Getting Organics out of Ontario’s Garbage

Organics (such as food scraps and other compostables) are a valuable resource: through composting organics, we recycle their valuable nutrients to support healthy soils, and in some cases, create green energy and green jobs!

Right now, the Province of Ontario is developing a Food and Organic Waste Strategy. This strategy isn’t just a part of the the Waste Free Ontario Strategy - it’s also part of the Climate Change Action Plan.

This strategy contains a bold plan to place a disposal ban on organics - making it illegal to send organics to a landfill or incinerator. We want the government to hear that this ban is a good idea and that the public supports it!

You can join us in showing support before July 30th. Act now.

Here’s why we think a disposal ban is such a great idea and how it could be rolled out in Ontario:

What the ban means

  • Larger cities in Ontario collect organics separately already, but this ban would require businesses to keep organics out of their garbage too.

  • When phased in properly, and in combination with other tools, a ban is an effective way to get organics out of our garbage.

How would it happen

  • A ban would be part of a larger strategy to reduce food waste, redistribute surplus food to feed people and animals, and ensure high value composting

  • It would be paired with requirements for businesses and municipalities to collect organic waste separately (e.g. use a green bin) and send it for composting.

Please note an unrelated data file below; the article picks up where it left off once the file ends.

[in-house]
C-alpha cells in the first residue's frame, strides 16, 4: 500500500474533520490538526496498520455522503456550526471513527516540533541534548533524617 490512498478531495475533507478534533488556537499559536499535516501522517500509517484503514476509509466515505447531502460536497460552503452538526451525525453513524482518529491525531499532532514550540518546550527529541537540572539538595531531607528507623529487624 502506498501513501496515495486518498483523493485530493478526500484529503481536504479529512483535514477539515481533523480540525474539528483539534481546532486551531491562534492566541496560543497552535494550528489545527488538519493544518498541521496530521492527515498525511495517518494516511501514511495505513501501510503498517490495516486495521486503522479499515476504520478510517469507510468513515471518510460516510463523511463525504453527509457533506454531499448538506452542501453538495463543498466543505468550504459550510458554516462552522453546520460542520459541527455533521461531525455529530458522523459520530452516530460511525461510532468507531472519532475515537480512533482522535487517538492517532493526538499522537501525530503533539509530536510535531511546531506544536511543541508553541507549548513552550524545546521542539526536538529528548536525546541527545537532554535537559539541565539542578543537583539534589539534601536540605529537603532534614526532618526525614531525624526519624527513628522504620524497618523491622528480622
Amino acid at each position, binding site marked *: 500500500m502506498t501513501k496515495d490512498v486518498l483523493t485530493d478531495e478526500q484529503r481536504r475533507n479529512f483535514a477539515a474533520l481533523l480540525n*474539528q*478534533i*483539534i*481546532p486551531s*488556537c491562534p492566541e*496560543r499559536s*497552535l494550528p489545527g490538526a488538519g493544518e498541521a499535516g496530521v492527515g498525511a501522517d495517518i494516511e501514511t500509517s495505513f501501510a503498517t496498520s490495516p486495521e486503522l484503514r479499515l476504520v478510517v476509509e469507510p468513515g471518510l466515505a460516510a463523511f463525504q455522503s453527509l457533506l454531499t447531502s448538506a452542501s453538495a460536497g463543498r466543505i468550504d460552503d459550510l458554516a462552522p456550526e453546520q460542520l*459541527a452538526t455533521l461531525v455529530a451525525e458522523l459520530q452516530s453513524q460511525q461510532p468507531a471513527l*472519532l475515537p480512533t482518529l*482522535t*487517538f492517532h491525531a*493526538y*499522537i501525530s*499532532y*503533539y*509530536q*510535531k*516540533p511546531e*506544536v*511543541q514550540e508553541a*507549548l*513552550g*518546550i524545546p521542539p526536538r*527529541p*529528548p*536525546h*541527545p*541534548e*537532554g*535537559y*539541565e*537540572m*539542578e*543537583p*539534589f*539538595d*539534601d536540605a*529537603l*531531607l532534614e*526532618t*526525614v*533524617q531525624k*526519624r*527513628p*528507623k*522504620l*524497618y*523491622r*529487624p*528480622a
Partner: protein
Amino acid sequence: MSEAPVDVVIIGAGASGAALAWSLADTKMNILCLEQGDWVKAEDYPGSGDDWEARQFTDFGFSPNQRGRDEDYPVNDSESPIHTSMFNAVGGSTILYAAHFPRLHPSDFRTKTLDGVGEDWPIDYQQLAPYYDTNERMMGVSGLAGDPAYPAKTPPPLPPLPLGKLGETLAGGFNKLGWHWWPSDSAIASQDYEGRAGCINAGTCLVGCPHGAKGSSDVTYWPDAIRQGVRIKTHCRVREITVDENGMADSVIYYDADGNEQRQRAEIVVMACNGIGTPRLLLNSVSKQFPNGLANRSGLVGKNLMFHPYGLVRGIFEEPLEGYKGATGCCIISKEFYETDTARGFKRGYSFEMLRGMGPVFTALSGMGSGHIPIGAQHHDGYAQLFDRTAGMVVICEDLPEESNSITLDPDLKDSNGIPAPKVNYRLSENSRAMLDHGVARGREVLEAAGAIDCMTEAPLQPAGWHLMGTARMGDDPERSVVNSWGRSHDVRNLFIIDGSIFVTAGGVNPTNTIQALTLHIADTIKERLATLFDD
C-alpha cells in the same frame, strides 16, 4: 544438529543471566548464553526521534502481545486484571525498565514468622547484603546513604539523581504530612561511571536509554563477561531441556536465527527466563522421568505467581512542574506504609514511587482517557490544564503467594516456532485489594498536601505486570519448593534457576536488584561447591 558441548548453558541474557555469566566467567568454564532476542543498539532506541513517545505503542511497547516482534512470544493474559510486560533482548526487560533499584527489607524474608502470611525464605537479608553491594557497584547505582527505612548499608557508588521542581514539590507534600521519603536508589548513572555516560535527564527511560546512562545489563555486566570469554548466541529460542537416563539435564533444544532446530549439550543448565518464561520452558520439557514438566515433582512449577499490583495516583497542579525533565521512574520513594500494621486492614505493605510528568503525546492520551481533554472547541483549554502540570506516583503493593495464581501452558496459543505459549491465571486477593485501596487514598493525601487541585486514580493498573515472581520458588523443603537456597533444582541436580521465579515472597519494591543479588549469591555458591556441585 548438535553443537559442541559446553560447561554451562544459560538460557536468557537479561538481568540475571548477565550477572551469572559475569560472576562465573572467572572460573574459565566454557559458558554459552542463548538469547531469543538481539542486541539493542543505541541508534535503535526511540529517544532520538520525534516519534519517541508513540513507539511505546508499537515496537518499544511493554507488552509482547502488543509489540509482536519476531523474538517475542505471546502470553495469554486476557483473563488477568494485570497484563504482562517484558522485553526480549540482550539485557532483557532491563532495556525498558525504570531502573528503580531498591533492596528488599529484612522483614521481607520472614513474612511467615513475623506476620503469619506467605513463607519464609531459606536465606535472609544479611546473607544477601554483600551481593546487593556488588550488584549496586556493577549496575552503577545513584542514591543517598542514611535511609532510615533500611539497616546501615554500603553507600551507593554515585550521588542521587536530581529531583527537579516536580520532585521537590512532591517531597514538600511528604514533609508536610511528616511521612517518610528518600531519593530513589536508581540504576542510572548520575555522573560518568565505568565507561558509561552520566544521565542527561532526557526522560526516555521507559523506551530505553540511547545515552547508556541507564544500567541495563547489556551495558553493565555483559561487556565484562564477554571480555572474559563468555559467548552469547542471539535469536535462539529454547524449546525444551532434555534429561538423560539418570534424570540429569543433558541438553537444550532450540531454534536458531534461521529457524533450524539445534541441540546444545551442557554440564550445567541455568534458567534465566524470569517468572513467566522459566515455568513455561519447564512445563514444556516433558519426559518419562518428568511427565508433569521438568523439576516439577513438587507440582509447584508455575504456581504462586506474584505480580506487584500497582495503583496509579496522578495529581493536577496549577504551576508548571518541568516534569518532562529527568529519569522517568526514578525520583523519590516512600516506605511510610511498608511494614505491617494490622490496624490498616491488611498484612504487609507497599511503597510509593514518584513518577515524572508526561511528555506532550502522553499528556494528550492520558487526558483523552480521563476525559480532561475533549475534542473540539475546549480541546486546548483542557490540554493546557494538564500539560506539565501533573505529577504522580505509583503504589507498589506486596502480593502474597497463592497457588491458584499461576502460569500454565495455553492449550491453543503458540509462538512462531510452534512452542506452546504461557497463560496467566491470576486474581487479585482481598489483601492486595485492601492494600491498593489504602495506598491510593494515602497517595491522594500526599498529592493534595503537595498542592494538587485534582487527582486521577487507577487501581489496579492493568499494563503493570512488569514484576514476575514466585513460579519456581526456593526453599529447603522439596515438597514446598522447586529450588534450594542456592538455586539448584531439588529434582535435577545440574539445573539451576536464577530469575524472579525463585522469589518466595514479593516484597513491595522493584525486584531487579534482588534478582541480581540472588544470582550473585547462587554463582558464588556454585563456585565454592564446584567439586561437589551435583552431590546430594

Focusing on organics will have a big impact

  • Organics are the largest category of waste - over half of residential waste is organics. For many businesses, that number is even higher. 

  • Keeping organics out of the garbage reduces greenhouse gas emissions. When organics dumped in landfills break down, they create methane  - a greenhouse gas 80 times more powerful than CO2.*

  • Turning organics into compost creates healthy soils to absorb carbon dioxide and grow more plants. In some cases, it can also create green energy!

Organics bans already exist elsewhere - and they work

We can learn from what other cities and states have done:

  • Quebec has announced plans to ban organics disposal to start in 2022

  • Metro Vancouver announced a ban on organics disposal in 2013, and started enforcement in 2015. Waste companies are inspected at transfer stations, and are fined if they have too much organic waste. These companies then have an incentive to better educate their customers, provide better services, or inspect their customer’s waste before picking it up.

  • State of Massachusetts also has banned organics disposal since 2014. They’ve seen a 150% growth in green jobs because of this ban!

The Province is seeking feedback on the first Discussion paper until July 30th, 2017. Use our form to send a quick letter.

TEA is working with other environmental and health organizations to comment on the discussion paper. We’ll post our comments and updates on our website. The discussion paper will inform the final Strategy that is expected to be complete and posted for final public comment in late 2017.



* Source: 2016 Annual GHG Progress Report - Facing Climate Change, Environmental Commissioner of Ontario, 2016. (Read here)

** Source: Massachusetts Commercial Food Waste Ban Economic Impact Analysis report, 2016. (Read here